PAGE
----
Soul and Spirit

For a long time, the word soul didn’t mean much to me. The usage in the generic context (e.g. “this movie warms the soul”) was too watered down and unclear, too new-agey. When used in the context of describing our “true self” housed within the body didn’t work for me either, particularly after beginning to study and practice Buddhism, which does not use the term or the concept. Even in the context of reincarnation, the Buddhist perspective is more that consciousness continues in some form, but it is not a “soul” that travels from body to body.

For the past few years, my life has been dedicated to exploring the realm of soul. At first I didn’t identify my process as such; then after beginning to enrich my personal experience with study of the works of other soul explorers, I was able to put a name to it.

As I began to read the work of archetypal psychologist James Hillman, whose work draws IMG_2836from Jungian psychology and Neoplatonism, a new understanding of soul began to reveal itself. In fact, I became aware of an entire Secret Tradition of the Soul—the title of Patrick Harpur’s book on the subject.[1] This tradition, rooted in ancient Greek philosophy, offers a very clear distinction between soul and spirit—two different, complimentary aspects of our experience and life’s journey.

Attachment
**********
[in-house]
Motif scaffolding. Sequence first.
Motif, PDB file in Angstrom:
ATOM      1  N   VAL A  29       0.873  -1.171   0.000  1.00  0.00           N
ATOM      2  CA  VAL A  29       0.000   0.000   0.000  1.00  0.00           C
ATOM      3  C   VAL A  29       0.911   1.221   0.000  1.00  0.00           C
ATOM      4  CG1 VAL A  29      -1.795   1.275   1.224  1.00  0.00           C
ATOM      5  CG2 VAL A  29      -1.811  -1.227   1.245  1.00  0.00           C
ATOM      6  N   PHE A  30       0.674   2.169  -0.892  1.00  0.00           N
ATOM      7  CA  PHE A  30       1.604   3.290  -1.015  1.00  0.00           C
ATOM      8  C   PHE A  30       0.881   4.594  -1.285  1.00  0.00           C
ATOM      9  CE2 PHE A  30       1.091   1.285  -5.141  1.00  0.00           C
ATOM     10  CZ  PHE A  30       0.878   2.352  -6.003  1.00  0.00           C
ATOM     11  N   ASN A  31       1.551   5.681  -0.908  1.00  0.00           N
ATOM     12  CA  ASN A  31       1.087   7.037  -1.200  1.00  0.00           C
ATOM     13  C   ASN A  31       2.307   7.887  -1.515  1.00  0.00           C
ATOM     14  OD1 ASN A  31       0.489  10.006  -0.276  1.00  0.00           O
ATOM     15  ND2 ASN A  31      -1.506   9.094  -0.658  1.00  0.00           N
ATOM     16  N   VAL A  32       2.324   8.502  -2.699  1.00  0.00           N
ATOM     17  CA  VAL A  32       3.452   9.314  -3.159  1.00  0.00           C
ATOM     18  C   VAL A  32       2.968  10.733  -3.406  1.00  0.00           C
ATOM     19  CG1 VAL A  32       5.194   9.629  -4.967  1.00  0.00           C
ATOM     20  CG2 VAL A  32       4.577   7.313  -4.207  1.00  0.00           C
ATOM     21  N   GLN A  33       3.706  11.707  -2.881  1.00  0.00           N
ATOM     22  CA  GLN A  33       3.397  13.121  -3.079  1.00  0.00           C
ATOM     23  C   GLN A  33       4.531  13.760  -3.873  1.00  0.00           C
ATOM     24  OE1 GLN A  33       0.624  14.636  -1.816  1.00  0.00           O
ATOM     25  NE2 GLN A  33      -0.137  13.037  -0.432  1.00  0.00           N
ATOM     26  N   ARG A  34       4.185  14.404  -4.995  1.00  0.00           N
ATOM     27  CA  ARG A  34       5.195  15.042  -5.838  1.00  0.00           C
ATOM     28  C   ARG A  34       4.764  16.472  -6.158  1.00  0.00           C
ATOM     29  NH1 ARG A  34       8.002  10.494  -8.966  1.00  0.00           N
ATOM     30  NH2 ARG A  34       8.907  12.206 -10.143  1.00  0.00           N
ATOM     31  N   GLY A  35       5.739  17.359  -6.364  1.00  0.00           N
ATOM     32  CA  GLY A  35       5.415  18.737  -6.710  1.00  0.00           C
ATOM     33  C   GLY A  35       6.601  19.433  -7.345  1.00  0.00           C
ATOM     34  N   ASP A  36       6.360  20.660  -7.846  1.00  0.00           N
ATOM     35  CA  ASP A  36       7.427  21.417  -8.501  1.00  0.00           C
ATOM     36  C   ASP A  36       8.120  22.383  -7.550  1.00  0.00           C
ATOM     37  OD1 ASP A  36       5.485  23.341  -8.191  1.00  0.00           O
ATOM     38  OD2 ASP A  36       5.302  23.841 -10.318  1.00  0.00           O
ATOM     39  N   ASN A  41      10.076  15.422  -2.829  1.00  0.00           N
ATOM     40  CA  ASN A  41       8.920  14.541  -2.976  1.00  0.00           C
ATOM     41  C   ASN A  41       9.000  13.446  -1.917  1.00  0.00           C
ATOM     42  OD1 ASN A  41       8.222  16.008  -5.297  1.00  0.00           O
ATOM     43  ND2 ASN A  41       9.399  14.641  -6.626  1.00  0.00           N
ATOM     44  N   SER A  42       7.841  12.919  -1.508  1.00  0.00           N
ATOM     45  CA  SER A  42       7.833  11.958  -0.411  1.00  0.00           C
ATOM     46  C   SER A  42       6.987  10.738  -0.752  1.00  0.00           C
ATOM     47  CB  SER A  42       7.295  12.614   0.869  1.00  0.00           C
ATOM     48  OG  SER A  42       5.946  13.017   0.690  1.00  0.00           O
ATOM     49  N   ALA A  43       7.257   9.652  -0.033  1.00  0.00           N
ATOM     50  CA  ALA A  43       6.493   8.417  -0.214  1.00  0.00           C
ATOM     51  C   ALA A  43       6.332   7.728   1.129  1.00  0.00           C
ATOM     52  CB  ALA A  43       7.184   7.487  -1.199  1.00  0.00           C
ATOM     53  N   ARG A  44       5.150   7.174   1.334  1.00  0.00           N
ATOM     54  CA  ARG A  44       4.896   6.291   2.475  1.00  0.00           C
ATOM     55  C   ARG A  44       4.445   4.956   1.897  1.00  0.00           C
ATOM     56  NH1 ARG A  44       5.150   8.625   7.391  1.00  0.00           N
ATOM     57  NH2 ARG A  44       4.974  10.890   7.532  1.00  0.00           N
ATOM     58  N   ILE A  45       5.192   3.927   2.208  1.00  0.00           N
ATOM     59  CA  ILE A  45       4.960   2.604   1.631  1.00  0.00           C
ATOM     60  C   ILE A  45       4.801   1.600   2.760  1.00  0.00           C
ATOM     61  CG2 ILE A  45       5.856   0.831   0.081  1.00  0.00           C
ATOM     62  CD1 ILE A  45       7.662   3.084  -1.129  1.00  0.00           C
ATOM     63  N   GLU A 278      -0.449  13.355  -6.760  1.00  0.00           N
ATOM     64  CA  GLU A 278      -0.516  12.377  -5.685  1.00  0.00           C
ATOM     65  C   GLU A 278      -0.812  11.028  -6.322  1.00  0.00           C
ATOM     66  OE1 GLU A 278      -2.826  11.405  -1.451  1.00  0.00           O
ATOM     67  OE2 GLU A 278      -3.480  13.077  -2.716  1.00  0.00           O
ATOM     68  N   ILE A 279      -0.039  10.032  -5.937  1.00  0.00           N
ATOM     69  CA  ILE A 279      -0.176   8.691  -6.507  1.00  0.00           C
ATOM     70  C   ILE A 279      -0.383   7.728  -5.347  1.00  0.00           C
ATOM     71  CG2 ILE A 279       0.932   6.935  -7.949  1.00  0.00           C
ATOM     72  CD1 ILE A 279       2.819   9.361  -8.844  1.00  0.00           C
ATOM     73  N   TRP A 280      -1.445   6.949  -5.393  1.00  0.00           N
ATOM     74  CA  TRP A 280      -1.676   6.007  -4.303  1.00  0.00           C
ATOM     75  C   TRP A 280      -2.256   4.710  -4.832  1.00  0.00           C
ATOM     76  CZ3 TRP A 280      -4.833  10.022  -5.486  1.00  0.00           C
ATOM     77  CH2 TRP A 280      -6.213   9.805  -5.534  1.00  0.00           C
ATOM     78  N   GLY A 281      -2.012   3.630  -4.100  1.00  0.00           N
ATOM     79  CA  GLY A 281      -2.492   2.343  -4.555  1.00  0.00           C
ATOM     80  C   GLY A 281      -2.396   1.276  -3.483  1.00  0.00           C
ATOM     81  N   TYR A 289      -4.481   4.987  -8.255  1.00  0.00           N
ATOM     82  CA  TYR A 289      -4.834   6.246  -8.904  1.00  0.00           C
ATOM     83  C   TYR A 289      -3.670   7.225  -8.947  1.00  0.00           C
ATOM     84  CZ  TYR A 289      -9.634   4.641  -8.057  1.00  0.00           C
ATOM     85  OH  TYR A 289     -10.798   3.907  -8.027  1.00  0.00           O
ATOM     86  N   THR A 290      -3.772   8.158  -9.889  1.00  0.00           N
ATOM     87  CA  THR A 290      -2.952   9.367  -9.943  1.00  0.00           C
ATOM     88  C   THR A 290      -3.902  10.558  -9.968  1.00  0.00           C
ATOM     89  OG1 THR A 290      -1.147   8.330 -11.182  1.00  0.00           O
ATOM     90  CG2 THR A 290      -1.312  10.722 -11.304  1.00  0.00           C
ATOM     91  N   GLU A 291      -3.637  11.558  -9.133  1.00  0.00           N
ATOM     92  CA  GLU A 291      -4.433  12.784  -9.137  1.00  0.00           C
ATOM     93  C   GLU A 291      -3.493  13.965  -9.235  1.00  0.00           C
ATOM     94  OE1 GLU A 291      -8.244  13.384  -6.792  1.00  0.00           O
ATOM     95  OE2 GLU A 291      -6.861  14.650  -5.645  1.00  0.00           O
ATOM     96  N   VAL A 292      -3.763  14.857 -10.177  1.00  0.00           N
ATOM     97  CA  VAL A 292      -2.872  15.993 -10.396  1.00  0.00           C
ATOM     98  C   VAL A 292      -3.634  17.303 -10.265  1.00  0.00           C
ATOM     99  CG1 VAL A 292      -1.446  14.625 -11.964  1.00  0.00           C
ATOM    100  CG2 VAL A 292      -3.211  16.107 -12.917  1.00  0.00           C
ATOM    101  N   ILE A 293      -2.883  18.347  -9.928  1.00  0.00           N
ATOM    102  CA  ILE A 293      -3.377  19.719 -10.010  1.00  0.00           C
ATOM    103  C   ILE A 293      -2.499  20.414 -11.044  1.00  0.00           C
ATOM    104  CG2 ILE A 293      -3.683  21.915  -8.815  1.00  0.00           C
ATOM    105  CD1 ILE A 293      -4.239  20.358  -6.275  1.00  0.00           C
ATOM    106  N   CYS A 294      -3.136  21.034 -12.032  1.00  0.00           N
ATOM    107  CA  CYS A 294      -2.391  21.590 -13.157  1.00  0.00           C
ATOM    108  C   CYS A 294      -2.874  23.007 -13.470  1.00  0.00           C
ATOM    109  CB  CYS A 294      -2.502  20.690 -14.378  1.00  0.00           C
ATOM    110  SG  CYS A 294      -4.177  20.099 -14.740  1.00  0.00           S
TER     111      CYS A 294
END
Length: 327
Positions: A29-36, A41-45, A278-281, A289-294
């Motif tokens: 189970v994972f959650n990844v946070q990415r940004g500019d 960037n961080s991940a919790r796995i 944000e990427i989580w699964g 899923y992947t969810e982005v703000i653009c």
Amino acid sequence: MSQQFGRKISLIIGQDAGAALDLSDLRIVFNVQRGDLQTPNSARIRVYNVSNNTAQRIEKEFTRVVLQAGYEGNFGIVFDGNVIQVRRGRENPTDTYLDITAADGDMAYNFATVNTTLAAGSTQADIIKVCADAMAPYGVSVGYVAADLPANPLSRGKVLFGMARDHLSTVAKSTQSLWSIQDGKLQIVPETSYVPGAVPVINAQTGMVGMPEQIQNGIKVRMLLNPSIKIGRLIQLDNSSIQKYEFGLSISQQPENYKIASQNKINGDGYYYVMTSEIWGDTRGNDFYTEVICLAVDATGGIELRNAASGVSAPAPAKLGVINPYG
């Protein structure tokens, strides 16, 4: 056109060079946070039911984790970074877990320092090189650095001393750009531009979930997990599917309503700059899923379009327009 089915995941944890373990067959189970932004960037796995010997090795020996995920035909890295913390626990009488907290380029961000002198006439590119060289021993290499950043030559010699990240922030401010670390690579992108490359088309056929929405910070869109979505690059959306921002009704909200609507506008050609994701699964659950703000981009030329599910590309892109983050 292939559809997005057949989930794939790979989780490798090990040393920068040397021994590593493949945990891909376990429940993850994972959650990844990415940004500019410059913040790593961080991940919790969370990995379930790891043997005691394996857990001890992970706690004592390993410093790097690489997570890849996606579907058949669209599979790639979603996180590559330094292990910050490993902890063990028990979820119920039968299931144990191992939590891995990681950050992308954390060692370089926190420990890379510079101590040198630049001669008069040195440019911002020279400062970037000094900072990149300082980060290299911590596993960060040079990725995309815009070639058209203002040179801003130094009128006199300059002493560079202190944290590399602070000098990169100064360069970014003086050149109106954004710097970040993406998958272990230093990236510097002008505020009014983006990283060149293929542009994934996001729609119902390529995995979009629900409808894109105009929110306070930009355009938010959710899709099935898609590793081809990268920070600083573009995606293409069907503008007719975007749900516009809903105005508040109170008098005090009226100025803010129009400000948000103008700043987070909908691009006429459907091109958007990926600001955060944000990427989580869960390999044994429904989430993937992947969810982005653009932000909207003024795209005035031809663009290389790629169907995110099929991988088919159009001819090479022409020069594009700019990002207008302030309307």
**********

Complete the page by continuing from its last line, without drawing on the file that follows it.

Spirit has to do with ascent, purity, and light; soul is connected with depth, imagination, and darkness. Exploring the realm of the soul has a quality of descent. There is a grittiness within the soul—a salt-like nature, as James Hillman describes. According to Hillman, the soul is

…a world of imagination, passion, fantasy, reflection, that is neither physical and material on the one hand, nor spiritual and abstract on the other, yet bound to them both….[the soul has] a connection with the night world, the realm of the dead, and the moon. We still catch our soul’s most essential nature in death experiences, in dreams of the night, and in the images of lunacy.[2]

I began to recognize that most of my personal path thus far had been devoted to cultivating spirit, which Hillman describes as “fast” with “its images blazing with light…fire, wind….It is masculine, the active principle, making forms, order, and clear distinctions.”[3] This soul-oriented period of my journey seemed to emerge, independent of any conscious effort on my part, as a balancing process.

This blog section of my new website will be a space where I continue to reflect on aspects of soul and the personal journey we all make to integrate the various aspects of ourselves. Our culture is not particularly supportive of soul—so for me, the people I have encountered who encourage soul work as an essential aspect of becoming wholeheartedly who we are, have been tremendously helpful. In the same way, I hope that my studies and personal experience can be of benefit to others.


[1] Harpur, Patrick (2011). The Secret Tradition of the Soul. Berkeley, CA: Evolver Editions.

[2] Hillman, James (1989). A Blue Fire. New York: HarperPerennial. p. 122

[3] Ibid, p. 121